Later On

A blog written for those whose interests more or less match mine.

US-trained forces go in for torture

leave a comment »

Certain the Latin American and South American military/security forces that the US trained for its favorite dictators were specifically trained in torture techniques. The US has a long record of helping repressive regimes oppress their citizens, and training in torture was just one service the US offered.

And apparently the US is still at it. Peter Maass reports for The Intercept:

Investigative reporter James Gordon Meek broke an important story this week: He revealed that U.S.-backed forces in Iraq are committing the same type of horrific war crimes — wanton killings of prisoners, beheadings, torture — as the Islamic State fighters on the other side of the front line.

Meek’s report, broadcast by ABC News and based on photos and cellphone videos that Iraqi fighters had proudly shared on social media, shows the Humvees and M4A1 assault rifles that the U.S. government has supplied in abundance to Iraq’s armed forces. In its effort to push the Islamic State out of Iraq, the U.S. is providing Baghdad with nearly $1 billion a year in weapons, in addition to training by several thousand American advisers.

U.S. and Iraqi officials professed surprise at what is happening, and told ABC that investigations would be launched to get to the bottom of it. If this sounds familiar in a “Casablanca” way — gambling in the casino, stop the presses — it should. Back in 2005, when Facebook was a curiousity used by just a few thousand students and Instagram was years away from being invented, the sorts of abuses that Meek recently found on social media sites were well underway.

Back then, I visited Samarra, a contested town in the heart of what was known as the Sunni Triangle, and wrote about the abuses I saw while accompanying Iraqi and U.S. forces on joint raids. I saw beatings, witnessed a mock execution, and heard, inside an Iraqi detention center, the terrible screams of a man being tortured. I received the same sorts of reactions that greeted Meek’s story: U.S. and Iraqi officials expressed surprise and promised to punish any wrongdoers.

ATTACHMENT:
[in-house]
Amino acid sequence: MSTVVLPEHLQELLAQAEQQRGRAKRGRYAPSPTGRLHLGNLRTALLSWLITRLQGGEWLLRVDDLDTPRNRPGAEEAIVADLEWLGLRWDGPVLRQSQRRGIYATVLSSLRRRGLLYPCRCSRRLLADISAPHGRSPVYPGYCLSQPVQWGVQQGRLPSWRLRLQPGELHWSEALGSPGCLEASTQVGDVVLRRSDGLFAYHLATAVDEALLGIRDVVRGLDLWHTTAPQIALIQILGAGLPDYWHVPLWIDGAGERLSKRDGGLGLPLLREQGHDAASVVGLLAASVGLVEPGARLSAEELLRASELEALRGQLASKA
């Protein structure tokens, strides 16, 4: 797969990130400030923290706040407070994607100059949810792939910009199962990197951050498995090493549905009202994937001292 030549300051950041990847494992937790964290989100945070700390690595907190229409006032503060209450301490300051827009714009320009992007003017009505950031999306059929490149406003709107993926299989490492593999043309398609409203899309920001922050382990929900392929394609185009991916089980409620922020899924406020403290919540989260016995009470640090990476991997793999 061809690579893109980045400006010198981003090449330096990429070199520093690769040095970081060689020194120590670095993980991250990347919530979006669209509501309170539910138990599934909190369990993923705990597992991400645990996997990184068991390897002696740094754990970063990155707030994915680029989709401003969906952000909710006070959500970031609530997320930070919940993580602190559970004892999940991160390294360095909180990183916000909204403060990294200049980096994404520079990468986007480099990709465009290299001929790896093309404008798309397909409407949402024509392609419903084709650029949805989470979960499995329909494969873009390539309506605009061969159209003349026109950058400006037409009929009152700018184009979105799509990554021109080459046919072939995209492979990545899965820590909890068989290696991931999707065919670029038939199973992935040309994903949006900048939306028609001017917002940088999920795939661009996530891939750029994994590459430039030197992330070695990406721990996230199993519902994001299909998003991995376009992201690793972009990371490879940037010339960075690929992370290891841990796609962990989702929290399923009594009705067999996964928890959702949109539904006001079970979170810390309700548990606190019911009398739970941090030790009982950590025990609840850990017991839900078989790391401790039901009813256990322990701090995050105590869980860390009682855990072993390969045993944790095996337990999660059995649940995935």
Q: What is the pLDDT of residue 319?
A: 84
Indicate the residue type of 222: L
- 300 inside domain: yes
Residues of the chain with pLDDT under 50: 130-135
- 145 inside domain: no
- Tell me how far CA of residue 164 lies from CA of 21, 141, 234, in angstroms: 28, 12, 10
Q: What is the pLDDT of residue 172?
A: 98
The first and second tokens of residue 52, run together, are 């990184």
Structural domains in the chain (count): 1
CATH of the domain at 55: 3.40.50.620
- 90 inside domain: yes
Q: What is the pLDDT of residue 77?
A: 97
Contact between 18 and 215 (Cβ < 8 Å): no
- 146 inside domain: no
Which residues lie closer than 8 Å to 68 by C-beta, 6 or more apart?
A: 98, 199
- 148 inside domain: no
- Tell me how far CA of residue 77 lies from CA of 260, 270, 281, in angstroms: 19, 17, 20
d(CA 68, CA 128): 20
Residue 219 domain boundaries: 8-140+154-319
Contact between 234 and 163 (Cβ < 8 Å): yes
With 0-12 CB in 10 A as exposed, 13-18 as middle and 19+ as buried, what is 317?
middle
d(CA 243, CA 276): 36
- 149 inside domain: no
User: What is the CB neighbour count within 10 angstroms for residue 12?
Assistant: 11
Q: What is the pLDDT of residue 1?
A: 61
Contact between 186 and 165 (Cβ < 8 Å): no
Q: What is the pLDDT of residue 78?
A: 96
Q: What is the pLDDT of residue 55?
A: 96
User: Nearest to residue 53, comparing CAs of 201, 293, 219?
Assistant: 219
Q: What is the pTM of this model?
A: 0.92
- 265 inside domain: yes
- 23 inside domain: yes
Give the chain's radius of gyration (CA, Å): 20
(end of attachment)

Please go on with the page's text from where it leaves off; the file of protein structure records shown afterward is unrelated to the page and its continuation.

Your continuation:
Nothing changed.

That’s because torture, rather than being an aberration, was embedded in a strategy that was described, at the time, as the Salvadorization of Iraq—the use of dirty-war tactics to defeat an insurgency. It is more than a footnote of history that the origins of this policy appear to date to 2004, when the effort to train and equip Iraqi forces got underway in earnest under the leadership of Gen. David Petraeus, who went on to command all U.S. forces in Iraq, then in Afghanistan, then became director of the CIA, then resigned and pleaded guilty to disclosing a trove of highly-classified information to his lover and biographer, Paula Broadwell, and lying to the FBI about it.

I was hardly the first to witness the abuses and hypocrisy that were the hammer and anvil of the American program to build up Iraqi forces. In 2004, Oregon National Guard troops in Baghdad observed officers inside a Ministry of Interior compound beating and torturing prisoners; they entered the compound and found dozens of abused detainees, including one who had just been shot. The Oregon soldiers reported what they had found and received an incredible order from their commanders—leave the compound now.

In 2010, the deluge of military and diplomatic files that were released by Wikileaks included a document that explained why the Oregon soldiers had been told to forget about what they had seen—FRAGO 242, as the order was called, required U.S. troops to not investigate any abuses committed by Iraqi forces unless U.S. troops were involved. In other words, so long as Iraqis were doing the torturing rather than Americans, it was none of our business. Move along, nothing to see here. [Truly Orwellian—and totally lacking in morality, but a good look at what “honor” means in the military. – LG]

Then, as now, the reason these abuses were tolerated was . . .

Continue reading.

Written by LeisureGuy

14 March 2015 at 11:41 am

Leave a Reply

Fill in your details below or click an icon to log in:

WordPress.com Logo

You are commenting using your WordPress.com account. Log Out /  Change )

Google photo

You are commenting using your Google account. Log Out /  Change )

Twitter picture

You are commenting using your Twitter account. Log Out /  Change )

Facebook photo

You are commenting using your Facebook account. Log Out /  Change )

Connecting to %s

This site uses Akismet to reduce spam. Learn how your comment data is processed.